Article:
On February 1, 2009, the new clinic building in the center of the UKE site was moved into.

Today the clinic comprises more than 80 clinics, polyclinics and institutes in 14 centers. With 1738 beds, including 210 beds in the University Heart and Vascular Center UKE (UHZ) and 68 beds in the Martini Clinic, it is one of the largest hospitals in Hamburg. The clinic accepts around 98,000 inpatients every year. There are also 373,000 outpatients, including around 126,000 through the emergency room. In total, almost 11,000 doctors, nurses and other employees work at the UKE. With the medical faculty, the UKE is part of the University of Hamburg and participates in academic training. Around 3,600 students study medicine and dentistry at the UKE. Seven lecture halls are available on the premises for teaching.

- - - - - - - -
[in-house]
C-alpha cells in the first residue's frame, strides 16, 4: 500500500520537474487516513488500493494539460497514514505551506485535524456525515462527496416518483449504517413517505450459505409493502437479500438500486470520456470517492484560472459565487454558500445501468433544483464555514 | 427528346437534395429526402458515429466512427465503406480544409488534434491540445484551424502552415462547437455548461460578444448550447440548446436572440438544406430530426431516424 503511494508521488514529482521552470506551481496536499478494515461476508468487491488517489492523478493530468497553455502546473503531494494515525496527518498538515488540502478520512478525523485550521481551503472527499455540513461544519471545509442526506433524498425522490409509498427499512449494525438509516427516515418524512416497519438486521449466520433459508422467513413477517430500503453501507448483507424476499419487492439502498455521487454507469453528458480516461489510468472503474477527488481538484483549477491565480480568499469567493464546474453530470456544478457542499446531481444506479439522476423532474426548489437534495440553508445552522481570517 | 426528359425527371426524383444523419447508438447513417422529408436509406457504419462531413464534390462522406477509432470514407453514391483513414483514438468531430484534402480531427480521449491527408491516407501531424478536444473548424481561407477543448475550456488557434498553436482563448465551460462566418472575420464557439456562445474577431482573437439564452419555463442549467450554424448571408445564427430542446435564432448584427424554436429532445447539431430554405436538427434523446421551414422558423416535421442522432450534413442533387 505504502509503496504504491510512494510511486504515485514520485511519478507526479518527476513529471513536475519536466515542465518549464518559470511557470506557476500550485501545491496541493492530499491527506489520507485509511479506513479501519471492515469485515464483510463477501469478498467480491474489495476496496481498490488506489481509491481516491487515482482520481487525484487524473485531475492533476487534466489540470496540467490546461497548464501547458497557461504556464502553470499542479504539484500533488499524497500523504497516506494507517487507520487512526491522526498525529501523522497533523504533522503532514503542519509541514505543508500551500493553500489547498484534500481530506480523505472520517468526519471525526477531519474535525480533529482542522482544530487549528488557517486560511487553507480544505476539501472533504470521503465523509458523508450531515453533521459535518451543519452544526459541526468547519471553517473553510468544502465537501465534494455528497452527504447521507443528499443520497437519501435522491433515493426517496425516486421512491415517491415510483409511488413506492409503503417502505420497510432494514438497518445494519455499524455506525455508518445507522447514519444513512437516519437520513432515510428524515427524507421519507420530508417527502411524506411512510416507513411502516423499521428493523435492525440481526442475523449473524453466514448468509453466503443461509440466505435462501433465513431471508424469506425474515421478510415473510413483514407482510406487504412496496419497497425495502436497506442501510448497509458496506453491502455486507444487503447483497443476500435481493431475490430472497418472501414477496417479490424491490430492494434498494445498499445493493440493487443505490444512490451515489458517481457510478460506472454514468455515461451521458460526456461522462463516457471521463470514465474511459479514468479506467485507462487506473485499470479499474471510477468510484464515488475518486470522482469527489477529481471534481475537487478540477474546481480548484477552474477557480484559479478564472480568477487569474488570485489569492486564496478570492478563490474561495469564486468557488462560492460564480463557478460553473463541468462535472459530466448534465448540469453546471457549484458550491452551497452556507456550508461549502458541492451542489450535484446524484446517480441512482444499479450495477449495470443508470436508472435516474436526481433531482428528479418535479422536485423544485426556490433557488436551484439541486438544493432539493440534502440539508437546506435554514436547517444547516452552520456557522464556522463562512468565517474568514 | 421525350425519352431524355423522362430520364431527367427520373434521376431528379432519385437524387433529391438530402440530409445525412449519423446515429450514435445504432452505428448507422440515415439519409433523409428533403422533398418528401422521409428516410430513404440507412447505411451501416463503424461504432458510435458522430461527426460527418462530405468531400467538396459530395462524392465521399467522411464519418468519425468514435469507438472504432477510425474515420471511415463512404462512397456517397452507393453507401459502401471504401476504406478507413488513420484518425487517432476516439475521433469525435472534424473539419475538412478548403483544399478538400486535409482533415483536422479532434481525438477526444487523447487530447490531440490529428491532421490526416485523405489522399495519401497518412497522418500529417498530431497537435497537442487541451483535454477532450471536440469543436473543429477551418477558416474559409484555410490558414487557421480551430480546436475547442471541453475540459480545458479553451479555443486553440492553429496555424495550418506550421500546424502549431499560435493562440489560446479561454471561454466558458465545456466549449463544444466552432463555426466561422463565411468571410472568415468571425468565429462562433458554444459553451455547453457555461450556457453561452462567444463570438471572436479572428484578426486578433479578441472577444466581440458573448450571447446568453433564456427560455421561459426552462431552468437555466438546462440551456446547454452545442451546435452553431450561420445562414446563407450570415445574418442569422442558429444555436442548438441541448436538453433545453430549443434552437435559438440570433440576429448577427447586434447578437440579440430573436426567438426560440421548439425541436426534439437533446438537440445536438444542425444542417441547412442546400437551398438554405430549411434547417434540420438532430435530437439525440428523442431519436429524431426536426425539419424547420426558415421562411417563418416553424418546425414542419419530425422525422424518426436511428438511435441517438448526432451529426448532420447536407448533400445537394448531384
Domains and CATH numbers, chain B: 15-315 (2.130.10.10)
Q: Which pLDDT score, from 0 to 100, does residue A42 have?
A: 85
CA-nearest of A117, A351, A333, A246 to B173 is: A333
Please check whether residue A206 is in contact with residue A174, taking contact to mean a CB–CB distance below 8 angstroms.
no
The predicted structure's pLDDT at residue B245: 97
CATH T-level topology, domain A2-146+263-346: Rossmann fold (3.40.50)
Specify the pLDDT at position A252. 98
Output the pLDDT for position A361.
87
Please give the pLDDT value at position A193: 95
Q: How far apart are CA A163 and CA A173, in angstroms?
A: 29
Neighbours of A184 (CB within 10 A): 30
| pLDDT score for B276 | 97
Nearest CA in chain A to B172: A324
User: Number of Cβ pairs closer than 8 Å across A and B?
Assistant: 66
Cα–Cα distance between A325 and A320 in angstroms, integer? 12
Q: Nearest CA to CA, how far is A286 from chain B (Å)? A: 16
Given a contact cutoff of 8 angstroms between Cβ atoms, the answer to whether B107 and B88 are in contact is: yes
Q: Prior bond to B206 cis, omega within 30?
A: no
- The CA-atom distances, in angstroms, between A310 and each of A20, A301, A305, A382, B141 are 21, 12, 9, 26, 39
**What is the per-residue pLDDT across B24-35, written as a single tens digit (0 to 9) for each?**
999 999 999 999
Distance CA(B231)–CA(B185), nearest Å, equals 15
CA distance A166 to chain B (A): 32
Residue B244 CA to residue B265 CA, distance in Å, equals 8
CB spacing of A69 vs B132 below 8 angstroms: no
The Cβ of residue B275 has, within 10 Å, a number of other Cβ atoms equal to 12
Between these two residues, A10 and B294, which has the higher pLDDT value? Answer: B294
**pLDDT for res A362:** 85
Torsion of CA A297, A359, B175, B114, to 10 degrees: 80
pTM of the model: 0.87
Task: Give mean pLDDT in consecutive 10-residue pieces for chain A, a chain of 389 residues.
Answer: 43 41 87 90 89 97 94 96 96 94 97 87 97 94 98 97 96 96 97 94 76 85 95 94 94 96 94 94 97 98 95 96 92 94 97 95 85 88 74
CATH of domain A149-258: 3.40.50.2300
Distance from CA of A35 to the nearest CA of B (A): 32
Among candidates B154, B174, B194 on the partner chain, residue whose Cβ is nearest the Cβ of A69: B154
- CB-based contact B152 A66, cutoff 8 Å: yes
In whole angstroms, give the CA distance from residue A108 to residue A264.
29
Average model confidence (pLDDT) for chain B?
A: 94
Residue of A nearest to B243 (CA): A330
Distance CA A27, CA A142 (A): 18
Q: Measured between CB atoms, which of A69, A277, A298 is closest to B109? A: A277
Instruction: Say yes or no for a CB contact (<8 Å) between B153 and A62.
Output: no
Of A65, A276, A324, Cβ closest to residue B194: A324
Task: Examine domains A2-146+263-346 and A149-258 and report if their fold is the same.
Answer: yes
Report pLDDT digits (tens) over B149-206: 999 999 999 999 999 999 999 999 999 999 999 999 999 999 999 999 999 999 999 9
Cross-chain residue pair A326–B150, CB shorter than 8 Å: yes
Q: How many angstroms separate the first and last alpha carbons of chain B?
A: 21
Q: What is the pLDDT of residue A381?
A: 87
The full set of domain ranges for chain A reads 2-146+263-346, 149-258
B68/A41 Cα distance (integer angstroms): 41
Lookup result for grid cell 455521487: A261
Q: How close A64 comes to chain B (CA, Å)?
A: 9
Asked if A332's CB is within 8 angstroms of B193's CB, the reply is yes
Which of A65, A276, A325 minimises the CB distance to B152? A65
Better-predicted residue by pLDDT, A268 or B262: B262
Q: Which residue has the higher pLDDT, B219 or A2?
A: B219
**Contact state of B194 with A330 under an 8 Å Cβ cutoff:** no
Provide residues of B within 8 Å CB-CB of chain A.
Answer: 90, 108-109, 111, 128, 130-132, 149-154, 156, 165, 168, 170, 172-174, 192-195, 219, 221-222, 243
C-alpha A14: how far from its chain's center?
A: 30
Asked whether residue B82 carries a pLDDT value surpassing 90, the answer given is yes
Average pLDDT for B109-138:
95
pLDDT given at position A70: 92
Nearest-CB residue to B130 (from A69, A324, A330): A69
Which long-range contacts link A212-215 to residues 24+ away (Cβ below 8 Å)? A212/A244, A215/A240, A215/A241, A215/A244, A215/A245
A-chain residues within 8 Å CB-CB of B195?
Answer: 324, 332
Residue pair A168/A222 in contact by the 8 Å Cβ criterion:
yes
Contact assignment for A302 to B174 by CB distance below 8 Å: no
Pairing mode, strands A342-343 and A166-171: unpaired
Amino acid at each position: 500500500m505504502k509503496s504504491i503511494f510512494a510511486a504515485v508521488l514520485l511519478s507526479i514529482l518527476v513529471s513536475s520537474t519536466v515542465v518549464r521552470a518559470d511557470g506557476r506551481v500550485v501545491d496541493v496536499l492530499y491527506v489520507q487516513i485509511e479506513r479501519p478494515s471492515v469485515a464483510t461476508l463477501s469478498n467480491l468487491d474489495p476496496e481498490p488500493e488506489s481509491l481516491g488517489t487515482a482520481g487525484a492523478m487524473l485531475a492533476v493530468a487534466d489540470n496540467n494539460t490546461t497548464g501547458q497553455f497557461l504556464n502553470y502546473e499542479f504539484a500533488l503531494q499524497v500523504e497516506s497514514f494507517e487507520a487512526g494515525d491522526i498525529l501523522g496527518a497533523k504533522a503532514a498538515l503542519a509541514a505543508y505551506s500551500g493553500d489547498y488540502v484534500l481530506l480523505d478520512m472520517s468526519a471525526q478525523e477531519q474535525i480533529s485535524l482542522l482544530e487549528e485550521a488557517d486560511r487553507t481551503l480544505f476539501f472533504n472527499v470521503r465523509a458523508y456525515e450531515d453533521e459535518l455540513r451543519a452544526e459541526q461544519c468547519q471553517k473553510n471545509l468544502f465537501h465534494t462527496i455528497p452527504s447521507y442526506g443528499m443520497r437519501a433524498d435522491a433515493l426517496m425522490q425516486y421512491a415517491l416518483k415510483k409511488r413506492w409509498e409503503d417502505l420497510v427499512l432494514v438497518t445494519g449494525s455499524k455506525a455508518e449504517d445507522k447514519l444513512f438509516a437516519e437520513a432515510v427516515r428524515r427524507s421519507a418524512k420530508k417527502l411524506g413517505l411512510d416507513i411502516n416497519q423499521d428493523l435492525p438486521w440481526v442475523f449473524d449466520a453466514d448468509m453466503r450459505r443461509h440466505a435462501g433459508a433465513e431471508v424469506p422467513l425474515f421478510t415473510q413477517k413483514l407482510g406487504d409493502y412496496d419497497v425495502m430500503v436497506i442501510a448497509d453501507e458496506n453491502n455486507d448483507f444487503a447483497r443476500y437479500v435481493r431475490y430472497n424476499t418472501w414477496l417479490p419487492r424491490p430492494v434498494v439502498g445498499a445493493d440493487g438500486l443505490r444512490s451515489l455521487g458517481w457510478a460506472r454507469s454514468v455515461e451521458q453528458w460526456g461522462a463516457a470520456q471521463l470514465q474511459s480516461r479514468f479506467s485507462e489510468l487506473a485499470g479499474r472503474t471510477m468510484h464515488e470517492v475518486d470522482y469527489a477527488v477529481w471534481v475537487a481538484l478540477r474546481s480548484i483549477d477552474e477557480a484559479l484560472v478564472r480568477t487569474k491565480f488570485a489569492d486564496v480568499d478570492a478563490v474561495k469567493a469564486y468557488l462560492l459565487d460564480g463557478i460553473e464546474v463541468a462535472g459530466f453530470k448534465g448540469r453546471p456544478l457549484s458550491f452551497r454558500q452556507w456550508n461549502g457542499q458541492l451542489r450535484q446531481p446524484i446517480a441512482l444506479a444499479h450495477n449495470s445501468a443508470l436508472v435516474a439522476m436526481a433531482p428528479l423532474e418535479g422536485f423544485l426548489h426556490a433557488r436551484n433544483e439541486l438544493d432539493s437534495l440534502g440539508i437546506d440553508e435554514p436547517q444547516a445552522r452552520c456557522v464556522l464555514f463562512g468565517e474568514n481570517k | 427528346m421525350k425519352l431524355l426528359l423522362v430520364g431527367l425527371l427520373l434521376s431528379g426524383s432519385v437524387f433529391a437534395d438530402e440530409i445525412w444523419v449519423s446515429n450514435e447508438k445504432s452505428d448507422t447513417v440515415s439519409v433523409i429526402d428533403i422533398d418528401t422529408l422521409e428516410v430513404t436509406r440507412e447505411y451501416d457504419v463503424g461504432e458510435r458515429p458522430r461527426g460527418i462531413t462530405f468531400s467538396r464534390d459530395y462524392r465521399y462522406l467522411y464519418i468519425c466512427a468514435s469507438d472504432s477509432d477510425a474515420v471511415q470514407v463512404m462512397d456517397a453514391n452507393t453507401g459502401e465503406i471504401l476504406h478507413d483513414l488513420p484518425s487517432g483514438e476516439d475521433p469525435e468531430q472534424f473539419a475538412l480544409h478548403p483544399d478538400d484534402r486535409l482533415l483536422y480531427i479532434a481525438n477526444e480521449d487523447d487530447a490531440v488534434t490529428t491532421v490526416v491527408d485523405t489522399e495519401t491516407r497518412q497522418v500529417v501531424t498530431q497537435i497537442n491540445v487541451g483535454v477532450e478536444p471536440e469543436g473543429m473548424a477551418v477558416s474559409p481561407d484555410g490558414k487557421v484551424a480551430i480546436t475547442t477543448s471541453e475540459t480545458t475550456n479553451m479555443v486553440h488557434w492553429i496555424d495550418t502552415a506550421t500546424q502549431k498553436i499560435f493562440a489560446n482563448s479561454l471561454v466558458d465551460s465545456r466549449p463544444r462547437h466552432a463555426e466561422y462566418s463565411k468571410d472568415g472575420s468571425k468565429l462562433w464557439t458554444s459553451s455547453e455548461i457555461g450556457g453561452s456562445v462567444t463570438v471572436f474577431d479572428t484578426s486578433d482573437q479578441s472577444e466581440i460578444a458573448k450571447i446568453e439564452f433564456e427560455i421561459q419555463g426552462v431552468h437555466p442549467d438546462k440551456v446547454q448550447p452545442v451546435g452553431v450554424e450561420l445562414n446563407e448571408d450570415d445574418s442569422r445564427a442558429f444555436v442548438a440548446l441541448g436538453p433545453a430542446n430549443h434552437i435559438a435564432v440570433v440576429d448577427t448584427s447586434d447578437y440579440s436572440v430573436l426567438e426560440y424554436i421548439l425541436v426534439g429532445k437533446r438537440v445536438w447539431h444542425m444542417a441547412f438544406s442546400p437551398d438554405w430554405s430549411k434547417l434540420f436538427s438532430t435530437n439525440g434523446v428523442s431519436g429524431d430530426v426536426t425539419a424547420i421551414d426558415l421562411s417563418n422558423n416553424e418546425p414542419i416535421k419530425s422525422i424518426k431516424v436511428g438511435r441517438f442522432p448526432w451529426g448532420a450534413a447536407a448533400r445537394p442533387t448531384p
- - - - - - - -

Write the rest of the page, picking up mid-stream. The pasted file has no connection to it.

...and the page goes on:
In 2010, the Medical History Museum was opened at the University Medical Center Hamburg-Eppendorf . The museum is under the aegis of the Institute for the History and Ethics of Medicine and is located in a building that was also built according to plans by Fritz Schumacher between 1913 and 1926 for pathology and other institutes, which, with its old section room, is also a listed building.


The site is bordered in the north by Geschwister-Scholl-Strasse and Süderfeldstrasse, in the east by Frickestrasse, in the south by Martinistrasse and in the west by Strasse Butenfeld and the Hoheluft stadium. Curschmannstrasse is the main entrance to the New Clinic, the emergency room, the underground car park and the hospital grounds. There are also entrances for pedestrians from Frickestraße, Martinistraße and Süderfeldstraße. In addition to the new buildings, the site is characterized by selected trees and historic brick buildings. The “UK Eppendorf” station on Metrobus routes 20 and 25 in Martinistraße is at the main entrance. The Kellinghusenstraße underground station and the Altona or Holstenstraße S-Bahn stations have connections to buses 20 and 25.